How Are Climate Change and Health Connected? Ask Your Doctor.

Doctor and patient Americans are feeling the impacts of climate change, whether they realize it or not. In a recent survey, a majority of medical professionals in the fields of respiratory disease and critical care reported seeing climate-change-related health effects in their patients. 77 percent noticed an increase in diseases linked to air pollution, and 58 percent saw a rise in allergic reactions.
According to this Huffington Post article, around ¾ of respondents also said they believed physicians should take a major advocacy role on this issue. Their engagement can be crucial in raising public awareness and making climate change a more tangible and personal concern. As Dr. Mona Sarfaty, the chief author of the study, pointed out, “Not too many people personally know a climate scientist. But they do know physicians, and physicians are well thought of.”
That’s the idea behind our Climate for Health program, which empowers health leaders across the entire health sector to address the impacts of climate change and foster support for climate solutions. Visit the website for tools and resources that can guide you on the path to a positive future.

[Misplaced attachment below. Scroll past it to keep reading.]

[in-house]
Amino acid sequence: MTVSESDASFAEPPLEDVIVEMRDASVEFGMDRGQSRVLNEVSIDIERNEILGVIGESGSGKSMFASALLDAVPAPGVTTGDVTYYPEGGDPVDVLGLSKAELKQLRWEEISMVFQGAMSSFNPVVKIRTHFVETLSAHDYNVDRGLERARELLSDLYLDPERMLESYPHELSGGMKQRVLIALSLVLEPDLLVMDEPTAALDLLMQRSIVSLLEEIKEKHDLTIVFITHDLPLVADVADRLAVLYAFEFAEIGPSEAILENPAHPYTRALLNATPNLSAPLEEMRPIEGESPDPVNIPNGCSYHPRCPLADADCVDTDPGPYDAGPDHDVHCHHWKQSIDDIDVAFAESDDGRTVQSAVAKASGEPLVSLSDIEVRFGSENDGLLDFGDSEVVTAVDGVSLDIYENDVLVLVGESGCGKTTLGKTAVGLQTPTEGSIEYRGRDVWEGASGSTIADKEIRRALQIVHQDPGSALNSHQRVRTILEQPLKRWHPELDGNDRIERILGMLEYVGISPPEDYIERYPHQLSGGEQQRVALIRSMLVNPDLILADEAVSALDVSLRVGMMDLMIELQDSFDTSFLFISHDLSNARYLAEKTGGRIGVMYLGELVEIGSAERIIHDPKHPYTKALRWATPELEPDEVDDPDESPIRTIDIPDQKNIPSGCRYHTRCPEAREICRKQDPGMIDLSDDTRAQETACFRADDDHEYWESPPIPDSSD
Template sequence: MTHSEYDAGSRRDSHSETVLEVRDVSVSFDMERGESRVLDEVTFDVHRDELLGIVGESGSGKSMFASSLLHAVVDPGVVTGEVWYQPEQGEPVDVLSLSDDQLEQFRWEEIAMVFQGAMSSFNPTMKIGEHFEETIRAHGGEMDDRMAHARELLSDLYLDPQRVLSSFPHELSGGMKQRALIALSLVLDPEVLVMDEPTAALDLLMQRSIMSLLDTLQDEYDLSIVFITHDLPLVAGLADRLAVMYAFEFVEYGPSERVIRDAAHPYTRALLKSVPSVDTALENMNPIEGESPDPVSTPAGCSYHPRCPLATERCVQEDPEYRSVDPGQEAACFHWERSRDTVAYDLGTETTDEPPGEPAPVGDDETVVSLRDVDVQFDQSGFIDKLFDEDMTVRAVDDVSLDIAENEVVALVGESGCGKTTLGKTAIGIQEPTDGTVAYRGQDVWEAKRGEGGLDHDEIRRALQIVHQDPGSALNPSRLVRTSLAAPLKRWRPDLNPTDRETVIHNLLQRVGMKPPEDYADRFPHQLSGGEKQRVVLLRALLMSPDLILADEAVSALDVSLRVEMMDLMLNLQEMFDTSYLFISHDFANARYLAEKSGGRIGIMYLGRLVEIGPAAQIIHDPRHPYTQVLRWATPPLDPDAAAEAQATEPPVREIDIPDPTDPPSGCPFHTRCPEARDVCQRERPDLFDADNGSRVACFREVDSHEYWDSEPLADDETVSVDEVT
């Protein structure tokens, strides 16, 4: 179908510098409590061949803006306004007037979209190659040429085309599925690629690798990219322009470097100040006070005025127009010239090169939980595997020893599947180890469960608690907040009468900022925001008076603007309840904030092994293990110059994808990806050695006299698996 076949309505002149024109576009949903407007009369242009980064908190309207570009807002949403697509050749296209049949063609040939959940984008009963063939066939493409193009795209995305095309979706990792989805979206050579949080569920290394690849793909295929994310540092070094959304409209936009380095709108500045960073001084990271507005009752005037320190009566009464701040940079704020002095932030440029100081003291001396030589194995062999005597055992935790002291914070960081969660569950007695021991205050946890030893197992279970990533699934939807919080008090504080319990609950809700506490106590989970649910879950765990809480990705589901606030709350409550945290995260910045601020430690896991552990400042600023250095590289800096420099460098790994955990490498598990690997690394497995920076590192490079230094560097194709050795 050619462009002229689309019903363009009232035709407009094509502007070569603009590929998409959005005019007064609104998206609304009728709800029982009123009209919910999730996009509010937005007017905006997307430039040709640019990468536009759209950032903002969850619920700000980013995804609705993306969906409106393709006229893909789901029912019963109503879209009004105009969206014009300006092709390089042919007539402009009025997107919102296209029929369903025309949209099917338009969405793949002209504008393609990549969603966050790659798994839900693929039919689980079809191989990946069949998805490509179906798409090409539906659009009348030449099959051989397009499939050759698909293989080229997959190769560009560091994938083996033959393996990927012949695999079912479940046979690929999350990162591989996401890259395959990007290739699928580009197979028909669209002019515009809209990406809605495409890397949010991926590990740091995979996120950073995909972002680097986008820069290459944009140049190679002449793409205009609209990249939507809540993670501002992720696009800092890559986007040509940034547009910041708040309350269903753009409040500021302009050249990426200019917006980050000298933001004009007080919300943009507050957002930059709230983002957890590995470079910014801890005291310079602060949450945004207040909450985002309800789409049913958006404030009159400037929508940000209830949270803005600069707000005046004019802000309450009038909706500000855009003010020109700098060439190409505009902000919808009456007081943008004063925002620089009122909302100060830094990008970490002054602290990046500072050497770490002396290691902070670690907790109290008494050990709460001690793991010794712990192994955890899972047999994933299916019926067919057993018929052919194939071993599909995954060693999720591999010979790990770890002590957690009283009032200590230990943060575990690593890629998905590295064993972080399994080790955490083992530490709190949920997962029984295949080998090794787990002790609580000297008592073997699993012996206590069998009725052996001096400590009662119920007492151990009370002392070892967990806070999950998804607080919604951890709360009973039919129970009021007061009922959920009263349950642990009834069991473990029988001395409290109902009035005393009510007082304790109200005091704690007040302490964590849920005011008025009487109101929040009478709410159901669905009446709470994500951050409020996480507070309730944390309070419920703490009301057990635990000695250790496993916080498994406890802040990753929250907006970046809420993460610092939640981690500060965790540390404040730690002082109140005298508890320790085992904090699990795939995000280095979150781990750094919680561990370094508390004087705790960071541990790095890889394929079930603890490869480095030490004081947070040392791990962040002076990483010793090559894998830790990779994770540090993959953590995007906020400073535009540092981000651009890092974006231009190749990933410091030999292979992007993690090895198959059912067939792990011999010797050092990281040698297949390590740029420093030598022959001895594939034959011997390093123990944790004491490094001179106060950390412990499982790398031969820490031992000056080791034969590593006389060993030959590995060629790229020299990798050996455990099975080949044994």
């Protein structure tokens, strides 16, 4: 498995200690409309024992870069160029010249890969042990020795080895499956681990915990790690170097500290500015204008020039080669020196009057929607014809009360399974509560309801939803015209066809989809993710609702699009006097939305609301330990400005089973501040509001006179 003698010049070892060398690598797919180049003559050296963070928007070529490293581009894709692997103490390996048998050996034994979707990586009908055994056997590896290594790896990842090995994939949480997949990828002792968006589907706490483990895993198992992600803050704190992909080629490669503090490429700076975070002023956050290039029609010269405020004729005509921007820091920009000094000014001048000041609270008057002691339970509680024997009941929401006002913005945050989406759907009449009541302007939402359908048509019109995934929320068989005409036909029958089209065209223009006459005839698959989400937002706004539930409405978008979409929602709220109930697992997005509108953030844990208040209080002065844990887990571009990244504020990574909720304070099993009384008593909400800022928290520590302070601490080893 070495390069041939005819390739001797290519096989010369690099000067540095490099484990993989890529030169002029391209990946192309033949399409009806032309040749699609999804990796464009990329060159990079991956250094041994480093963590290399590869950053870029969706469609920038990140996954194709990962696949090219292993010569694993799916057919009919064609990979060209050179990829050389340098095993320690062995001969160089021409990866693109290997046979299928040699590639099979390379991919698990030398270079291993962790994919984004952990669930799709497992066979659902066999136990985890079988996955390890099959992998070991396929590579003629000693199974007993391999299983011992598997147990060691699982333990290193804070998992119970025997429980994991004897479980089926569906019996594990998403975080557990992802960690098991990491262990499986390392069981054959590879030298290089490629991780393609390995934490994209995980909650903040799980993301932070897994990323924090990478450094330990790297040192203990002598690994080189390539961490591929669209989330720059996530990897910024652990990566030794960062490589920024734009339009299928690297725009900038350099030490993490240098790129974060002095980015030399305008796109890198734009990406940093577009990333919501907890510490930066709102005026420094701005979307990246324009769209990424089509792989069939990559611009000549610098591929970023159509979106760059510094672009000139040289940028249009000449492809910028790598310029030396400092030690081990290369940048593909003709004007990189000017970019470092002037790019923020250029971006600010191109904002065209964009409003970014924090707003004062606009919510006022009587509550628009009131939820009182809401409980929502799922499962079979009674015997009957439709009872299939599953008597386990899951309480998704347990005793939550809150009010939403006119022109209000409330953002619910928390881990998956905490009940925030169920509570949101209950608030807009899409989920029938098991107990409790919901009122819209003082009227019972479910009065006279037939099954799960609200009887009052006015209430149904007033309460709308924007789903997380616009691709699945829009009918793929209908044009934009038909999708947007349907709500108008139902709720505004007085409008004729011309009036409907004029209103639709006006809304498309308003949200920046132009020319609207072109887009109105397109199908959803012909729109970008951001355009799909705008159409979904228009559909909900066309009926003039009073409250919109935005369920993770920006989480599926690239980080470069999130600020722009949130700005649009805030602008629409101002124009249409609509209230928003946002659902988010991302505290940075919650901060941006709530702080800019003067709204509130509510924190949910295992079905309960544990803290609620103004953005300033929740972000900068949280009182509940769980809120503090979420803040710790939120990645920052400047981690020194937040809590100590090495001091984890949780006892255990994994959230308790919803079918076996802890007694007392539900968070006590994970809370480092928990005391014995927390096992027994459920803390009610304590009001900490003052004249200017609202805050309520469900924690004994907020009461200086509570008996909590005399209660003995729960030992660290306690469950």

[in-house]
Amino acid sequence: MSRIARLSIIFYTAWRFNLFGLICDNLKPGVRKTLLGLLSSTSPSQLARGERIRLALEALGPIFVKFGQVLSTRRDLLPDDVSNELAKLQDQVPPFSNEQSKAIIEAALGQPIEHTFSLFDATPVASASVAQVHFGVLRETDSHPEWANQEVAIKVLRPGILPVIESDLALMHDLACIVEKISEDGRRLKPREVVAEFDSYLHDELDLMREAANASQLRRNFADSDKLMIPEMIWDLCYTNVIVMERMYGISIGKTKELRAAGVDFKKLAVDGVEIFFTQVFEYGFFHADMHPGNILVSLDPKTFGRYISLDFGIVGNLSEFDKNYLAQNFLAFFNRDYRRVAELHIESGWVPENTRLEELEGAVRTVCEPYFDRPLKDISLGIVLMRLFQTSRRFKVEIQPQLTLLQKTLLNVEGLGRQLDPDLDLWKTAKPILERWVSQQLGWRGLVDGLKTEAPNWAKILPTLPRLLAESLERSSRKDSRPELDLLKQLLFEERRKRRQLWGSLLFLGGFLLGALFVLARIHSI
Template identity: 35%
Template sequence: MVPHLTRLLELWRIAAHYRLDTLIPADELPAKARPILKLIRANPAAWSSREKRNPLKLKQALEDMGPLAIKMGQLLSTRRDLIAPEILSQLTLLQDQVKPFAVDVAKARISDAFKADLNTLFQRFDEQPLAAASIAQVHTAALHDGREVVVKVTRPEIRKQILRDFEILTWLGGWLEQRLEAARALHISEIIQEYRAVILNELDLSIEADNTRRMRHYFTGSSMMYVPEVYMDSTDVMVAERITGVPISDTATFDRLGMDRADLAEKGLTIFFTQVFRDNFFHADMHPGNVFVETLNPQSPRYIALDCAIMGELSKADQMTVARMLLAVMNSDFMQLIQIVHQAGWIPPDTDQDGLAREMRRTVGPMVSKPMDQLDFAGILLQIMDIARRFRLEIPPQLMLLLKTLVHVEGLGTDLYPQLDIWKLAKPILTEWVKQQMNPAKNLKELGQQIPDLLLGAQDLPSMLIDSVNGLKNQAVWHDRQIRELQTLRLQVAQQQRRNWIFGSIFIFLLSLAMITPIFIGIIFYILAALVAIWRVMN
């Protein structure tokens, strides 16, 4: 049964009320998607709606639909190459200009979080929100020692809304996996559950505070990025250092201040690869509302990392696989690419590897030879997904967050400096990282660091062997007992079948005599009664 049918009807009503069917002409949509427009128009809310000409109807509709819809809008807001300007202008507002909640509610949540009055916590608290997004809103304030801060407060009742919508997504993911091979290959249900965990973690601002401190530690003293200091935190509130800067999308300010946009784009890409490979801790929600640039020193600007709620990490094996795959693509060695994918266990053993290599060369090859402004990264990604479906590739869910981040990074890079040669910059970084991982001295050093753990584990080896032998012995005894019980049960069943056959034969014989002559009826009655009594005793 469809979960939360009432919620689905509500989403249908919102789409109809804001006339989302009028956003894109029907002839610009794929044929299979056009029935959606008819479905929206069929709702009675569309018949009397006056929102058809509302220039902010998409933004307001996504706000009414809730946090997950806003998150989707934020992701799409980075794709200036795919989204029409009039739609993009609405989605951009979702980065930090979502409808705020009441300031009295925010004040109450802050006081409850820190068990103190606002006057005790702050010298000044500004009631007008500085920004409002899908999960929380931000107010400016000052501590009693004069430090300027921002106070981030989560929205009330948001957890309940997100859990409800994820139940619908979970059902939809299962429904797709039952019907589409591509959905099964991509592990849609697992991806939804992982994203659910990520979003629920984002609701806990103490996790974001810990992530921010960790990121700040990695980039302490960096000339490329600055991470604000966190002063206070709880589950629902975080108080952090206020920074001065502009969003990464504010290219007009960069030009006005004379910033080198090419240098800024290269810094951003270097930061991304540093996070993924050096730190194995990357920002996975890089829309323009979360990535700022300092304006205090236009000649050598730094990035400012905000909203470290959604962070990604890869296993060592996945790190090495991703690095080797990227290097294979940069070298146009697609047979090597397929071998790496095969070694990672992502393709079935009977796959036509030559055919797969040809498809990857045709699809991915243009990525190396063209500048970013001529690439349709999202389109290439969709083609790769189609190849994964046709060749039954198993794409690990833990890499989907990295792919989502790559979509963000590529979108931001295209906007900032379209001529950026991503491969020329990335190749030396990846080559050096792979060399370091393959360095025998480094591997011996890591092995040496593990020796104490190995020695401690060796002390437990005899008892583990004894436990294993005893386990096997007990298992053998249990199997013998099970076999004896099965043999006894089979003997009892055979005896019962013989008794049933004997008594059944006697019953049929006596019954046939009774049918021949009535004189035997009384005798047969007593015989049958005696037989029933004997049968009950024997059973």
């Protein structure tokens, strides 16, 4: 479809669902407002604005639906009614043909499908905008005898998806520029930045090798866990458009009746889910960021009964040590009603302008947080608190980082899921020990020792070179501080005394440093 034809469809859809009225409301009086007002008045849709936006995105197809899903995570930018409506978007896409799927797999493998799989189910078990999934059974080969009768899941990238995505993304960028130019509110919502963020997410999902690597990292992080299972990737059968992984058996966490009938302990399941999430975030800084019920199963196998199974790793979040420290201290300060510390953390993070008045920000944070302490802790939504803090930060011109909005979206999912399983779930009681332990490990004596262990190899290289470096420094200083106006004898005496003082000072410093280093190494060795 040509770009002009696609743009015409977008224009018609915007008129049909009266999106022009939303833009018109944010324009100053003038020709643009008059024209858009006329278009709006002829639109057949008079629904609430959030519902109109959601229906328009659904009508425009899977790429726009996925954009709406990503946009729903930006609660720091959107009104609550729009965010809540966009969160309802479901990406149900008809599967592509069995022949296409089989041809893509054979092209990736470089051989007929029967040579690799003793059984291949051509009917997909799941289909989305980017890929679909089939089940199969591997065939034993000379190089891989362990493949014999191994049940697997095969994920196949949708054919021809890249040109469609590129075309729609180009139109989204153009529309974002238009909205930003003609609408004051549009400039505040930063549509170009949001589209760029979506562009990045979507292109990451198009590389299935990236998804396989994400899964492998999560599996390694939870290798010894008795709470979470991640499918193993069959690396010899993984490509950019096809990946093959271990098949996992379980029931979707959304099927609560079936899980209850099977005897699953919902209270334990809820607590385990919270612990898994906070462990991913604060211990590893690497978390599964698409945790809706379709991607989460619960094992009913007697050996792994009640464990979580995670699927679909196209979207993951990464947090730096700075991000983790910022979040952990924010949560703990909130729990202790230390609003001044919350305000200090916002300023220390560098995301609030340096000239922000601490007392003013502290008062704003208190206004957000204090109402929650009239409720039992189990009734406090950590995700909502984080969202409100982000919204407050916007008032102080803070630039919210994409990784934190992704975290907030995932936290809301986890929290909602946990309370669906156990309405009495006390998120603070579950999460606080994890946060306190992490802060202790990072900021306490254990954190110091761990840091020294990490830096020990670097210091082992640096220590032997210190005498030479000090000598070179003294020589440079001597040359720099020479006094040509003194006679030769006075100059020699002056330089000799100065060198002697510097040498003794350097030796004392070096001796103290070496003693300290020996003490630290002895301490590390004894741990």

Survey Finds Doctors Concerned About Impacts Of Climate Change On Patient Health

Kate Sheppard, contributor to The Huffington Post
American medical professionals specializing in respiratory conditions and critical care are concerned about what climate change may mean for patient health, a new survey finds.
A survey of members of the American Thoracic Society, which represents 15,000 physicians and other medical professionals who work in the fields of respiratory disease, critical care and sleep disorder, finds that the majority of respondents said they were already seeing health effects in their patients that they believe are linked to climate change. Seventy-seven percent said they have seen an increase in chronic diseases related to air pollution, and 58 percent said they’d seen increased allergic reactions from plants or mold. Fifty-seven percent of participants said they’d also seen injuries related to severe weather.
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Image credit: caroline_1 via Flickr

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